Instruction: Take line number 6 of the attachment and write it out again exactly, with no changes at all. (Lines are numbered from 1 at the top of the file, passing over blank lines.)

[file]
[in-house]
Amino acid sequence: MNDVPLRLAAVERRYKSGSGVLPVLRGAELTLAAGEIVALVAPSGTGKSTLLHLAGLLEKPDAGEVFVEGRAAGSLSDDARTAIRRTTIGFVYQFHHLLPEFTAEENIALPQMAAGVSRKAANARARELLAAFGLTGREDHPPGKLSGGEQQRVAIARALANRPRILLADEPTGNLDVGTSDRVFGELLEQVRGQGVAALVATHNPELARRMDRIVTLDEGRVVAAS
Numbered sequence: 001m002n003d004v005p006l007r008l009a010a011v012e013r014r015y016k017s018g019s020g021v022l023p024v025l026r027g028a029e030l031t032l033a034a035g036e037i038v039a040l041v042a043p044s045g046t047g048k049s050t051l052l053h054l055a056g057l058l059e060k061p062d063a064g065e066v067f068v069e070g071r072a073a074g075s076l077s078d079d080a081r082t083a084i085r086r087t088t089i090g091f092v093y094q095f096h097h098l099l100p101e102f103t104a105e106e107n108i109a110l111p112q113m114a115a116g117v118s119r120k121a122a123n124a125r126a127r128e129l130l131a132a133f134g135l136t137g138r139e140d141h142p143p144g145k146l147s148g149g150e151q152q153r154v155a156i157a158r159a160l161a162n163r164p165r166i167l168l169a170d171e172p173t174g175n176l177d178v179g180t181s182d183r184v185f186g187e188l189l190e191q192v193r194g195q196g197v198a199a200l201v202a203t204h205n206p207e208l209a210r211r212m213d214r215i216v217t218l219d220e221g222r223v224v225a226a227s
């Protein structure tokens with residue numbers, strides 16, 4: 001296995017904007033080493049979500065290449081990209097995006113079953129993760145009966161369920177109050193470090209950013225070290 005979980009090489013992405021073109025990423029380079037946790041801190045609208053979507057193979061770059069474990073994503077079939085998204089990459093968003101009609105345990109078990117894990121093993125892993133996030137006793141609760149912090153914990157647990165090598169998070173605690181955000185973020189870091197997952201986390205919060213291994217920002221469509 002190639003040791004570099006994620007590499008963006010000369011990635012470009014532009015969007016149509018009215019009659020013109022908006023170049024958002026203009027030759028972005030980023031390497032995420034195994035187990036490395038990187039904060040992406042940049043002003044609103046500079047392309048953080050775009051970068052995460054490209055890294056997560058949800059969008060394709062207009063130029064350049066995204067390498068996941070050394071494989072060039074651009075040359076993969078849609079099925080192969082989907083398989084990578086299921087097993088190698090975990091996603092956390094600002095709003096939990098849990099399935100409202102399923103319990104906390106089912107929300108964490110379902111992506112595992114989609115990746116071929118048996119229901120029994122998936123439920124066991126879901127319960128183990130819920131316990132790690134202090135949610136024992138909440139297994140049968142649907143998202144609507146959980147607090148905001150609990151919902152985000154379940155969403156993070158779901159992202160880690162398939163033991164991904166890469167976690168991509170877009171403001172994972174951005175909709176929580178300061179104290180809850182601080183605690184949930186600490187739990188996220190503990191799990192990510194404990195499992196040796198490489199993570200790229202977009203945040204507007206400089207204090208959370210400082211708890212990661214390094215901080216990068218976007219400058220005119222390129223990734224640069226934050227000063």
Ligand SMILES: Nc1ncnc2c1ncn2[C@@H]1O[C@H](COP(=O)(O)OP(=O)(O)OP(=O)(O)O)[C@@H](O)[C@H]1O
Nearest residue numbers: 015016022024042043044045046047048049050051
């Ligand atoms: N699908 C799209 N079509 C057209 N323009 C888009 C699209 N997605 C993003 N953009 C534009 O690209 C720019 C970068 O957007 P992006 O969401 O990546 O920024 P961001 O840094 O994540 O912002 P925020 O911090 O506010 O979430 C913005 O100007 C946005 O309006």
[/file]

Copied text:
Nearest residue numbers: 015016022024042043044045046047048049050051